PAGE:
Not many Americans think about it. But they are being urged to drink more milk, use more cotton or more wood products, eat more meat, poultry, eggs, orange juice, rice, nuts, seafood - and lately, of course, those controversial urgings to drink coffee.
More intense selling of generic products, according to Department of Agriculture's Economic Research Service, is adding up to a sizable advertising bill - about $84 million in 1982. It's being paid out by commodity groups on the theory that in broadly used items - eggs, oranges, seafood - it's the quantity consumed that counts and not necessarily which brand name. Commodity producers have found out that a universal statement such as, ''Orange juice isn't just for breakfast any more,'' is stimulating to sales of all brands on the market.
Generic advertising, the Economic Research Service notes, can do four jobs: ( 1) It can counter competition, emphasizing milk, for example, vs. other beverages; (2) it can increase public awareness of less well-known foods (avocados, kiwi fruit); (3) it can improve consumer knowledge of reputed nutritive elements (fewer calories, more minerals); and (4) it can point up new product uses.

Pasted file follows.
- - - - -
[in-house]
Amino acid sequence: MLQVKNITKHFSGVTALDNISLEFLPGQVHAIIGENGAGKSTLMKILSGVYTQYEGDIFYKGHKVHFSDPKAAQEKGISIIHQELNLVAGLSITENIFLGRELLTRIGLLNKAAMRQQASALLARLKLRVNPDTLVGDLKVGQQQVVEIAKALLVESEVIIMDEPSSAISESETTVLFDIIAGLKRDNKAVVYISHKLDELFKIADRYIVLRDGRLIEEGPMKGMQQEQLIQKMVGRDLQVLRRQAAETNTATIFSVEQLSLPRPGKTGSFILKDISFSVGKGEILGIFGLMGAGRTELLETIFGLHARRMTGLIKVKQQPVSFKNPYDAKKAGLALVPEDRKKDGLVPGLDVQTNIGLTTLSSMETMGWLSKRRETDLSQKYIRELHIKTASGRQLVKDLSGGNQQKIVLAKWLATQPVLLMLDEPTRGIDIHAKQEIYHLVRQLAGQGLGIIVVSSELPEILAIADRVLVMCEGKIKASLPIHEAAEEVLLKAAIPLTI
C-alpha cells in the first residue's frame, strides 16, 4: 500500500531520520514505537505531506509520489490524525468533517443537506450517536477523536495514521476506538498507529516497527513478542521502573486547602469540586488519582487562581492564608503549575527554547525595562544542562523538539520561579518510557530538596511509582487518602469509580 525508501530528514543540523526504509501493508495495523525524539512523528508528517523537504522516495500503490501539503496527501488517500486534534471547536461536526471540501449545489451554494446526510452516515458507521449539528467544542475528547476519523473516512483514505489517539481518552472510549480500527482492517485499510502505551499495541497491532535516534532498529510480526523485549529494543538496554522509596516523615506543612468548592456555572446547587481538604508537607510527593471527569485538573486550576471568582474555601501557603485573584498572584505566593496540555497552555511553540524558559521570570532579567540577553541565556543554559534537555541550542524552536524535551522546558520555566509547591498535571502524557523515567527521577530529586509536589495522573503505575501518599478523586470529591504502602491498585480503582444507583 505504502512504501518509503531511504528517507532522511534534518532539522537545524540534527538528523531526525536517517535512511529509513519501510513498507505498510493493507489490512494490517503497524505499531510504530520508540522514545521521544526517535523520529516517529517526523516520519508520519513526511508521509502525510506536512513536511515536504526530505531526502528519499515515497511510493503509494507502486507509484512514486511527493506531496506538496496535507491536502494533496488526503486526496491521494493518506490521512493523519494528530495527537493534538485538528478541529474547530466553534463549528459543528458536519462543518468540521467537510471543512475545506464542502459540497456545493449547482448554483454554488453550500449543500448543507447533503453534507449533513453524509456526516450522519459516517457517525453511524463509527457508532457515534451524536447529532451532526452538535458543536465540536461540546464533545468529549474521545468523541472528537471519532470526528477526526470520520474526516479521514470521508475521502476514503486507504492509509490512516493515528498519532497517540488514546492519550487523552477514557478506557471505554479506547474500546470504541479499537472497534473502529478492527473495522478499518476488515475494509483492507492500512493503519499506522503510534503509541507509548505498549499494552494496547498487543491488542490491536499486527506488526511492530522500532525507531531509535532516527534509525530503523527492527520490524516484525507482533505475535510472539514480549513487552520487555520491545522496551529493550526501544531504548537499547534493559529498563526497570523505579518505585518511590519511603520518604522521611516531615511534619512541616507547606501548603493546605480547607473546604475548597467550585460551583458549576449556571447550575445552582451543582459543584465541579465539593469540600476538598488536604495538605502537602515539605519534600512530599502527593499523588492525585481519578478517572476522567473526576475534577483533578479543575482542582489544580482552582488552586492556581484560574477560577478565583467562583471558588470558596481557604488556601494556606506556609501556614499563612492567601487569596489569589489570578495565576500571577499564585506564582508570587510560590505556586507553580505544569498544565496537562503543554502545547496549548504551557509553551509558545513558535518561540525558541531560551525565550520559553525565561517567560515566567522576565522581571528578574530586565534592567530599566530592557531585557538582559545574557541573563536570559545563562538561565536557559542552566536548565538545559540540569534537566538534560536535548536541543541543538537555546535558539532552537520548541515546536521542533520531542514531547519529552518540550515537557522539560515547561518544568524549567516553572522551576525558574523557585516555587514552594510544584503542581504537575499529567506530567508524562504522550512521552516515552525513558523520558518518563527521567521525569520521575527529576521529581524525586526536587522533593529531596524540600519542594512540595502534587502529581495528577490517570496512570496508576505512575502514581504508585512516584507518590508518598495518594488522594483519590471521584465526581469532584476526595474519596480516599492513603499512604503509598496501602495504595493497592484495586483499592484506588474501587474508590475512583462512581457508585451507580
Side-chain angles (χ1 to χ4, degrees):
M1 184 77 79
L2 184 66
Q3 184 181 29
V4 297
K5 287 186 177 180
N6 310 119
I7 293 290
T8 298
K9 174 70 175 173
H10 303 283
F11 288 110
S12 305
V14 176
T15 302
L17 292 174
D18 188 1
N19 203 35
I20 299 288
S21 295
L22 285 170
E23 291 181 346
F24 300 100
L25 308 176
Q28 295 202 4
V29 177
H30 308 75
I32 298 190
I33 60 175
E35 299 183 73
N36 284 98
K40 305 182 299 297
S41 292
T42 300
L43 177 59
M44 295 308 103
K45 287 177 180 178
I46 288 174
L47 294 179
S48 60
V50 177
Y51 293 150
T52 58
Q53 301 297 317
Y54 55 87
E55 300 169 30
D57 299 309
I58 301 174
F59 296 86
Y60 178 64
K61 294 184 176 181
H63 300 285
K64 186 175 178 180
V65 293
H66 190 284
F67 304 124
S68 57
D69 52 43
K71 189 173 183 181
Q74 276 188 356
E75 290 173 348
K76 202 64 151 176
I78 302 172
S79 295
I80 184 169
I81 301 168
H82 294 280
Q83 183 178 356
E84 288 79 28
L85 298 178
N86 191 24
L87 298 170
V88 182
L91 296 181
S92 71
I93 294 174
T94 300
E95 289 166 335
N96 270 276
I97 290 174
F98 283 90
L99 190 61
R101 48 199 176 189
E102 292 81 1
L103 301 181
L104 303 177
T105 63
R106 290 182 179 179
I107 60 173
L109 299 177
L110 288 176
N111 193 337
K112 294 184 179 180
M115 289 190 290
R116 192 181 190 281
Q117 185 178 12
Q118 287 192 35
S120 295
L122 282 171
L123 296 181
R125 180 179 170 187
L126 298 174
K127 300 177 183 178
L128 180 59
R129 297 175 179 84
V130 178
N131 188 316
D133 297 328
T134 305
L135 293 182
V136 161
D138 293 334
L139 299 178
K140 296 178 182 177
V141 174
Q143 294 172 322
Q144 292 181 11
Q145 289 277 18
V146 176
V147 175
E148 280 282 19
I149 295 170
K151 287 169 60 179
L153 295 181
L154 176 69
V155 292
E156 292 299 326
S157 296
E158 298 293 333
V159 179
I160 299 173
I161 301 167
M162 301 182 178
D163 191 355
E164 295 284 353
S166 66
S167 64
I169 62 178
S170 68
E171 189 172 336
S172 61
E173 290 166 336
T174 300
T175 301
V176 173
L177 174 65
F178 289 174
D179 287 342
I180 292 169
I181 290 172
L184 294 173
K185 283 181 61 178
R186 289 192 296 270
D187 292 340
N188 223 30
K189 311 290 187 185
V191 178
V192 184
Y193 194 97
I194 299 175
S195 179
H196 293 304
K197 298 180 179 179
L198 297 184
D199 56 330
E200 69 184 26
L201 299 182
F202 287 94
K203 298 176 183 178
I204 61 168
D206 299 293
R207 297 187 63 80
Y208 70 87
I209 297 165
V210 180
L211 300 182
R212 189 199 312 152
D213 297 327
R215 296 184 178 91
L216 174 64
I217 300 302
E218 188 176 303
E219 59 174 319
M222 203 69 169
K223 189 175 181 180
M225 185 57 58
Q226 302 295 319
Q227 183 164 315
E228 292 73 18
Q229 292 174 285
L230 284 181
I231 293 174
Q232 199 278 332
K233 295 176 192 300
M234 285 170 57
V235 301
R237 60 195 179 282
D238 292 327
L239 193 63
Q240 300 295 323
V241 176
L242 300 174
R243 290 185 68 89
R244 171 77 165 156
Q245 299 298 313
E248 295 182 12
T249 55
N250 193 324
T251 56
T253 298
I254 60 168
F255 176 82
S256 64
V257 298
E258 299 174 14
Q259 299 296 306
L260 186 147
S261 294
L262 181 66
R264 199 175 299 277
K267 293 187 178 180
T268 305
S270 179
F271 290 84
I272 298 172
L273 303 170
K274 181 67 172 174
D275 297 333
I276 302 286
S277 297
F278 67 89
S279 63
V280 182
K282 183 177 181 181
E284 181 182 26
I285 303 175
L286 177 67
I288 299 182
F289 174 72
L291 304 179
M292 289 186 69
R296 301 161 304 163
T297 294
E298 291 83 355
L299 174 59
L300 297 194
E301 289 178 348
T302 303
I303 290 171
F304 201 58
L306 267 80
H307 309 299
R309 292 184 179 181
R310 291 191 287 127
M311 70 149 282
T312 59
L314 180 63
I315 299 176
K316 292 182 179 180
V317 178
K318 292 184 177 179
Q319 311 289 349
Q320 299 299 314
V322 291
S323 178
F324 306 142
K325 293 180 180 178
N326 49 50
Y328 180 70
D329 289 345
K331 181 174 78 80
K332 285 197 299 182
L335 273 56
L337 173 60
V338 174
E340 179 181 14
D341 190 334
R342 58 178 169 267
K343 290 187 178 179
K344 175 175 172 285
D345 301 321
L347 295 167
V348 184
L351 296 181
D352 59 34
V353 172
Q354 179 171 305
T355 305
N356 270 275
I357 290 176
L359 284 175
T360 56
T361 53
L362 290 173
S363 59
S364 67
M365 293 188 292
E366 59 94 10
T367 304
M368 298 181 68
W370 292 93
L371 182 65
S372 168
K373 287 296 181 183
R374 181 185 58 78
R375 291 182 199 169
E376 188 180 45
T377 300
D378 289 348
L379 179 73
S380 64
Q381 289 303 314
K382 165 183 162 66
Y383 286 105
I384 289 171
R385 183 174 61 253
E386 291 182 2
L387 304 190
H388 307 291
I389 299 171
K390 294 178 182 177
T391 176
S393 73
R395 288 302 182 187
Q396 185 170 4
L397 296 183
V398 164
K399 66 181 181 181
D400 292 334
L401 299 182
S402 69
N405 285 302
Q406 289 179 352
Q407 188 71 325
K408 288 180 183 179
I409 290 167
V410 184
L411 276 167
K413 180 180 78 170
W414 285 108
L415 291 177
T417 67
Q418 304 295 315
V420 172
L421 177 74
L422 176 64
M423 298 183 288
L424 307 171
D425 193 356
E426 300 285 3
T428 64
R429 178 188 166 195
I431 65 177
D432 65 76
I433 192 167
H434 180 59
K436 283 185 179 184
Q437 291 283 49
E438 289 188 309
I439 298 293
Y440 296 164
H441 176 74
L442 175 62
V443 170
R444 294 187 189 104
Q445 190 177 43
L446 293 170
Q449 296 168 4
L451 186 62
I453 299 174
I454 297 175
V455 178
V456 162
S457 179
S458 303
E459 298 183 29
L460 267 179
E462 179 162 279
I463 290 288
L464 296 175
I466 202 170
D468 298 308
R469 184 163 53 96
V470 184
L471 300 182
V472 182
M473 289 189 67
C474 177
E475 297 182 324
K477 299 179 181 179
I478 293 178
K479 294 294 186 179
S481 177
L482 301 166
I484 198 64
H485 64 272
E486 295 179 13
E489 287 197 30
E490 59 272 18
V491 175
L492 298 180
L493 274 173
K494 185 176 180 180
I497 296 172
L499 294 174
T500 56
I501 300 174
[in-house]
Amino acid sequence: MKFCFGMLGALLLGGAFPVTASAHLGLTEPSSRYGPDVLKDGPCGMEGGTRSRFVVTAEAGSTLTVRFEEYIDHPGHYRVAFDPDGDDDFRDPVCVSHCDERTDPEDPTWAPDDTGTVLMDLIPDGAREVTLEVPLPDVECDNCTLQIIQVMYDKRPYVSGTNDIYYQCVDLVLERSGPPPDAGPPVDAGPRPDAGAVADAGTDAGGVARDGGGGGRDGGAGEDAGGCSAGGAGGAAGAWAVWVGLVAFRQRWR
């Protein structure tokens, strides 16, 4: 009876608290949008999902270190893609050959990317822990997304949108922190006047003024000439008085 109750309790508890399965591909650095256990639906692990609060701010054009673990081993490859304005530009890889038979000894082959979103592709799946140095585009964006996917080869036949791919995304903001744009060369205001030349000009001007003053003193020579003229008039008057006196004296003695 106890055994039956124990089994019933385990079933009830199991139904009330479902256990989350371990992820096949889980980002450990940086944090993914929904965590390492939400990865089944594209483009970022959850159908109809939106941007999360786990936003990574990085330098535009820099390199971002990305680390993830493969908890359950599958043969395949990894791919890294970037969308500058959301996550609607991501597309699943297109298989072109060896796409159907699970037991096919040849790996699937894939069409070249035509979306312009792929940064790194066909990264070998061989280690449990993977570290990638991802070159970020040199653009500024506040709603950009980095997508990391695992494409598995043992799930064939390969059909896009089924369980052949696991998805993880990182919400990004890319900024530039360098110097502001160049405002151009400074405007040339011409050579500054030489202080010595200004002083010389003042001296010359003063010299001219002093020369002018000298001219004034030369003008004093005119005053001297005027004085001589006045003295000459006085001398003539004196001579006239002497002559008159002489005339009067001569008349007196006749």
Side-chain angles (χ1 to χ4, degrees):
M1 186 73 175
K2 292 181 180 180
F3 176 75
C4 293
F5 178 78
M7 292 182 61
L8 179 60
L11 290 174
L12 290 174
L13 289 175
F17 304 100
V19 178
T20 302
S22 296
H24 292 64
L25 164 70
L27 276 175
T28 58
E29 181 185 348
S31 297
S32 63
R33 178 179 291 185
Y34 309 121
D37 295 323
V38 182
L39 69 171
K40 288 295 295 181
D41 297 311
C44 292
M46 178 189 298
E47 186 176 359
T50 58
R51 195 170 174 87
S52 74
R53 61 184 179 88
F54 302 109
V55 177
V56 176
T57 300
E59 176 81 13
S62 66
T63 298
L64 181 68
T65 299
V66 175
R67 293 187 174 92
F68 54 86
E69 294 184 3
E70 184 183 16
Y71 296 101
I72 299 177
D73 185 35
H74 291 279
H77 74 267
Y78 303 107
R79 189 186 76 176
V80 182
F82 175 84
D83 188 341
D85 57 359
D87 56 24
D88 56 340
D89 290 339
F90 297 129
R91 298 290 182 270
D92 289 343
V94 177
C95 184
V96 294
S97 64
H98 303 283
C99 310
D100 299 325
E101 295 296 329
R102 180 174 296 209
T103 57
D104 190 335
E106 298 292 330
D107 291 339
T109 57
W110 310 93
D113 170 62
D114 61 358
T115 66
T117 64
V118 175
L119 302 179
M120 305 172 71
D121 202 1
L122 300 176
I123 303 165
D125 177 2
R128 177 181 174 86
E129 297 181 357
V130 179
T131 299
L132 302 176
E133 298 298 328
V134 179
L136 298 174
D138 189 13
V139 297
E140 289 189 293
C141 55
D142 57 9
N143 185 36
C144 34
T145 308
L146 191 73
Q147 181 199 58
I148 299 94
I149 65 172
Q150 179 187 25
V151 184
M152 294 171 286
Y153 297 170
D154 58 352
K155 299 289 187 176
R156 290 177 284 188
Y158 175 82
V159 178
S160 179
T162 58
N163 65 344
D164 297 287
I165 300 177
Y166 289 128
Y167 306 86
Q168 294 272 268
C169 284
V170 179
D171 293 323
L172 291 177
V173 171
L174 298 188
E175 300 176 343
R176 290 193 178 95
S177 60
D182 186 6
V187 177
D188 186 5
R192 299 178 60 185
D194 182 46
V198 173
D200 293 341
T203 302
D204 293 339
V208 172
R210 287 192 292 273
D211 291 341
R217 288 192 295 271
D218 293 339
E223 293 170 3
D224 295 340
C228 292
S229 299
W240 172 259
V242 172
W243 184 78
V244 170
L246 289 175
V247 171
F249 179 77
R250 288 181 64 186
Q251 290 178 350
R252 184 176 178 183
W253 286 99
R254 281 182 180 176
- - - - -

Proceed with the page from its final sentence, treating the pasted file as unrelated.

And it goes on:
Expenditures for this type of advertising by producers are aimed not only at consumers in general but also at specific groups in the marketing chain. Often, their ads dominate trade publications. They sponsor trade shows and expositions and go after outlets that can push generics - persuading discounters, for instance, to feature cotton products.
About 85 percent of generic advertising funds come from mandatory producer agreements, allocating a portion of the price per item or unit to go toward advertising.